El Raval: Welcome to Barcelona's most dangerous neighbourhood

Adrián Lizanda Herrera
Adrián Lizanda Herrera - [email protected]
El Raval: Welcome to Barcelona's most dangerous neighbourhood
Violent crime has jumped 50 percent in El Ravel. Photo: Idealista

Robert Strauss has a story that many visitors to Barcelona can relate to. During the summer he was called upon to help out a tourist, a friend of a friend, who had been robbed whilst seated in a bar in the neighbourhood of Gràcia.


The thief had skilfully swiped the visitor's laptop from the back of his chair while he sipped a morning coffee at the bar. It had happened right under his nose without him noticing but luckily the bar had CCTV which had caught the whole thing on camera, including a clear shot of the thief's face.

Strauss took the visitor to the local police station and filed a report with the Mossos d’ Esquadra, the Catalan regional police force, believing that it wouldn't be too long that the thief was located and brought to justice.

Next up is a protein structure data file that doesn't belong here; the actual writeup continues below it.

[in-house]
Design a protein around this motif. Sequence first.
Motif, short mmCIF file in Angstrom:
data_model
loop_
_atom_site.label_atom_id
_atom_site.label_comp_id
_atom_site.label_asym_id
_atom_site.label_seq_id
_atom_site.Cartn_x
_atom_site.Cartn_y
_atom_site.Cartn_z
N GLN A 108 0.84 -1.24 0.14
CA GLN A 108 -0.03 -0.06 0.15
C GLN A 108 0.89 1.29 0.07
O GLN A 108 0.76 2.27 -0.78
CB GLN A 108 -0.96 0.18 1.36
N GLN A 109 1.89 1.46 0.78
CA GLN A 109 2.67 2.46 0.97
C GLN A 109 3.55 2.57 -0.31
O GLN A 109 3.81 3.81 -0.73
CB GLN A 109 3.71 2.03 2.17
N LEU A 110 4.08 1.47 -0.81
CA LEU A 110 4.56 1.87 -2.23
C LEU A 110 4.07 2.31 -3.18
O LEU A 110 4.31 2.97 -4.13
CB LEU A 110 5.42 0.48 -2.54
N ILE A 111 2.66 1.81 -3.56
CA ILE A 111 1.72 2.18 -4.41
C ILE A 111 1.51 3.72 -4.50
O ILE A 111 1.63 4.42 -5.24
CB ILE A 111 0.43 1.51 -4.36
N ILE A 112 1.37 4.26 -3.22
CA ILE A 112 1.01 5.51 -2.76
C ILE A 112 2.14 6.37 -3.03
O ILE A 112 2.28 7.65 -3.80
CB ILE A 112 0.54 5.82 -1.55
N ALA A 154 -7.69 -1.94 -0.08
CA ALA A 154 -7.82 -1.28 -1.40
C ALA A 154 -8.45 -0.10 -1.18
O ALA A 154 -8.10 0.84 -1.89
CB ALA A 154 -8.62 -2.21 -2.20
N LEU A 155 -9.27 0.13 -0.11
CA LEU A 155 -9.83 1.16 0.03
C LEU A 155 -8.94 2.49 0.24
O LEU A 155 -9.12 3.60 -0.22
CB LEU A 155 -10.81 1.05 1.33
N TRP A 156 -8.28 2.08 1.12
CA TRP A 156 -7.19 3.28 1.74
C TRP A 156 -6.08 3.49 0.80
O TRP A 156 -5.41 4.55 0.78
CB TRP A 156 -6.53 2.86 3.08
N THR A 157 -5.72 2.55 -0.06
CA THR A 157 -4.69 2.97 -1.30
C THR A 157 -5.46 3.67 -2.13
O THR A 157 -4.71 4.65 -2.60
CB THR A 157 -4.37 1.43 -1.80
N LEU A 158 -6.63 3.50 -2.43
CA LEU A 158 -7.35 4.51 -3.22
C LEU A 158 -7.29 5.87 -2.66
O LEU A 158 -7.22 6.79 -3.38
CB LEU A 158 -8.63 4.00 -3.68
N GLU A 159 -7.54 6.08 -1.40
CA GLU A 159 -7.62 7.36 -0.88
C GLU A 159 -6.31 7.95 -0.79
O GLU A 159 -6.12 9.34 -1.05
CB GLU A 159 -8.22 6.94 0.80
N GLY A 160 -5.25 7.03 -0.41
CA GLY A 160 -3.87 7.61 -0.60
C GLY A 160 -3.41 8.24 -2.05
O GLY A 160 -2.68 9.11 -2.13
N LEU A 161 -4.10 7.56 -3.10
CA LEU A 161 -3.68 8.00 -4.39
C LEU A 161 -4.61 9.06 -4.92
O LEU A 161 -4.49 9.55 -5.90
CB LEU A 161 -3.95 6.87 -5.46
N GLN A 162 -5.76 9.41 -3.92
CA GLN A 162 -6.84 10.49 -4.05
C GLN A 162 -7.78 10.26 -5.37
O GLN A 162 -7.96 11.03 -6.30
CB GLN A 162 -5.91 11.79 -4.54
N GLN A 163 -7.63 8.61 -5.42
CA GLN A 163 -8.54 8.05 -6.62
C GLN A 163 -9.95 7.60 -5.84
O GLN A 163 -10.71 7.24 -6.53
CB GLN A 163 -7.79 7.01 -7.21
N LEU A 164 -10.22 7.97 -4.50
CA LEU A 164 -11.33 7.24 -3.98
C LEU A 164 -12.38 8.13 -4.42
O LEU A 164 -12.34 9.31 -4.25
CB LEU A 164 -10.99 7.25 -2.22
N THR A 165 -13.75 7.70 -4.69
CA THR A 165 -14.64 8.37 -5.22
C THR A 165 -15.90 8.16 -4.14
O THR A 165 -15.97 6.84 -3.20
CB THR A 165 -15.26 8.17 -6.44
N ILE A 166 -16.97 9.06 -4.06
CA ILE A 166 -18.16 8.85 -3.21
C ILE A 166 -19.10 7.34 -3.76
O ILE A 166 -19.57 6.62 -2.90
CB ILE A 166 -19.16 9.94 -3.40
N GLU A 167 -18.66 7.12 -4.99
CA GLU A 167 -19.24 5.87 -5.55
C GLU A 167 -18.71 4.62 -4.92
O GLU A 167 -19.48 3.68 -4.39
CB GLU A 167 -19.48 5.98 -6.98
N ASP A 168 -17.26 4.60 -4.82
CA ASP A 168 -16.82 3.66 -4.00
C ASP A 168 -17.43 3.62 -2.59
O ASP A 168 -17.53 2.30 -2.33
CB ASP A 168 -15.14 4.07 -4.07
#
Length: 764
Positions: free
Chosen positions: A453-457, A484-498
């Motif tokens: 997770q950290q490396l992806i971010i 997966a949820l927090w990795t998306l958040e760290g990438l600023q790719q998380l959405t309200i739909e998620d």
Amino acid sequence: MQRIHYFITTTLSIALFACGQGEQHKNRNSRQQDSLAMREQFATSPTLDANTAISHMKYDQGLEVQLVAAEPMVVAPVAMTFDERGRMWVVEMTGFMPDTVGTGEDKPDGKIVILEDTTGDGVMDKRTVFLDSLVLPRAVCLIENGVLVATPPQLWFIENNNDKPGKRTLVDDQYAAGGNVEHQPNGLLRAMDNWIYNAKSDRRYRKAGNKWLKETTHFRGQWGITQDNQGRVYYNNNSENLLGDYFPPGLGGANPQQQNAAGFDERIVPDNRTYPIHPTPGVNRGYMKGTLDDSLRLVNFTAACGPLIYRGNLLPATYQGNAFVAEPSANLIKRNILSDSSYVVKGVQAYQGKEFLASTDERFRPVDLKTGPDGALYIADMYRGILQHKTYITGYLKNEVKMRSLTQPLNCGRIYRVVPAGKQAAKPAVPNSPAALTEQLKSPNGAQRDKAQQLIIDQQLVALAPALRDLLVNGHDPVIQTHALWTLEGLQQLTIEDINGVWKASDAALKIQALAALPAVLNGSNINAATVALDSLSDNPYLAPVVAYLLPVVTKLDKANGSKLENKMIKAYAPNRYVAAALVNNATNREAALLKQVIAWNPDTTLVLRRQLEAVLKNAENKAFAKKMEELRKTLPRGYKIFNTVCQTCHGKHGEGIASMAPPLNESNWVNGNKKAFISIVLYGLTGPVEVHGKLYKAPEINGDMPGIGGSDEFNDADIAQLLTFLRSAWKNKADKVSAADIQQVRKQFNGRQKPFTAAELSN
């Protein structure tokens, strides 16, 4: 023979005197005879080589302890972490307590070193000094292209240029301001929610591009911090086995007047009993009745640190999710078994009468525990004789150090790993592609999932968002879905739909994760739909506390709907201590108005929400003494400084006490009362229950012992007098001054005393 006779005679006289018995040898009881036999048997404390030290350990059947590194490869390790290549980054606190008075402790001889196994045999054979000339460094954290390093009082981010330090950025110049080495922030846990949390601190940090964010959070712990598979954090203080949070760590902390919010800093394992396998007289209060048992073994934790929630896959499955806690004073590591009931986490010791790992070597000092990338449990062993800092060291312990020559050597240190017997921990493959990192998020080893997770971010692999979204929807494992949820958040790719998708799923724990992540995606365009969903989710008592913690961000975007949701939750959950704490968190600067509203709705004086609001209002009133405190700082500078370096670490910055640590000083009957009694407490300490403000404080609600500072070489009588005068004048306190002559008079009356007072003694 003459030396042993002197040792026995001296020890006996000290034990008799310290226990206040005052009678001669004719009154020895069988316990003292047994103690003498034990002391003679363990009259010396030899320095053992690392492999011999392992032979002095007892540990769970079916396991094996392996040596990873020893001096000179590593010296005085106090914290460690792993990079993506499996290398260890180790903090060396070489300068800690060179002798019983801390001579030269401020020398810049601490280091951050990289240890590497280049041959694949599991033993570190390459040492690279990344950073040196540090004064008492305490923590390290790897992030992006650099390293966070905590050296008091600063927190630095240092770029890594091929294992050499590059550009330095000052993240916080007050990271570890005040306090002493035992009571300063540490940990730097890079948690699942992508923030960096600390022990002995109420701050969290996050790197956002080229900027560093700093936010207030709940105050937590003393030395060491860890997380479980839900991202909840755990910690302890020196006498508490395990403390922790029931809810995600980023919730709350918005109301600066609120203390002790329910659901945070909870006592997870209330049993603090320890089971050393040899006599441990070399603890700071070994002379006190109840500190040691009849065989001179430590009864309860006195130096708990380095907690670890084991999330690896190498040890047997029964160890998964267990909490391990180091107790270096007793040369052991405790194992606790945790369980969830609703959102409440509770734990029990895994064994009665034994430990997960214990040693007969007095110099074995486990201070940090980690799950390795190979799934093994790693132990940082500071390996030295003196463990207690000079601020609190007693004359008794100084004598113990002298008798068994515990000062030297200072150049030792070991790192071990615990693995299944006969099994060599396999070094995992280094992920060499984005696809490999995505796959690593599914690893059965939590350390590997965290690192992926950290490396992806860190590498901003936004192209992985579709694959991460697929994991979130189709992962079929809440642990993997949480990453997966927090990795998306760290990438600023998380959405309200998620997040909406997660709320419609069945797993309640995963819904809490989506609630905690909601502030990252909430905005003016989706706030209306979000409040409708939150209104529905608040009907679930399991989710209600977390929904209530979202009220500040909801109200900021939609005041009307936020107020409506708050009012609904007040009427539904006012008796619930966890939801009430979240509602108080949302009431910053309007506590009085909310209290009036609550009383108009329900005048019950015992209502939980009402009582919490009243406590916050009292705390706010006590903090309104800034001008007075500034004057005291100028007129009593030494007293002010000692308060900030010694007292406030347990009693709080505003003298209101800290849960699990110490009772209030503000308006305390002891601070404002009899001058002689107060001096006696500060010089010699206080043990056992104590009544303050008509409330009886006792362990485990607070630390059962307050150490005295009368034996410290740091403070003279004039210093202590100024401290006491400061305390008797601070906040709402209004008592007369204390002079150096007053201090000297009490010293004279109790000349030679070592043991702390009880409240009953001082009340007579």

Three weeks later, however, after failing to get a response from the police beyond "we are working on it," Strauss was finally told that with 25 robberies reported each day in Gràcia, it was impossible for police to solve them all. 

Strauss’ friend had become just another victim in a crime wave that is blighting Barcelona.

Anna Casellas, spokeswoman for the Mossos told The Local that so far this year in Barcelona they have made 330 more arrests than in all 2017.

Crime statistics show that in July, the number of incidents reported to police in Barcelona went up by 13.6 percent on a year earlier and by 21.1 percent in August.

The startling figure that stands out most is that violent crime within the Ciutat Vella, the old quarter of the city and the one bustling with tourists, has soared by 50 percent and the crime epicentre seems to be centred on El Raval.

So how safe is Barcelona?

.”During July and August El Raval became worse than the Bronx, it was insane”, said Santi Rodríguez, 39, (pictured below) a local resident in the neighbourhood of El Raval, , just a stone’s throw from the city’s touristy hotspots of Las Ramblas, Plaça Catalunya and the port.

Photo by Adrián Lizanda Herrera / The Local

Seated on the street outside his clothing store, he points down the street to a police patrol car, which he explains, is an almost permanent fixture in a bid to deter drug dealers and street fighting.

“My business has been hugely affected by rising crime,” he told The Local. “During the summer we were seeing about ten to 15 robberies around here each day.”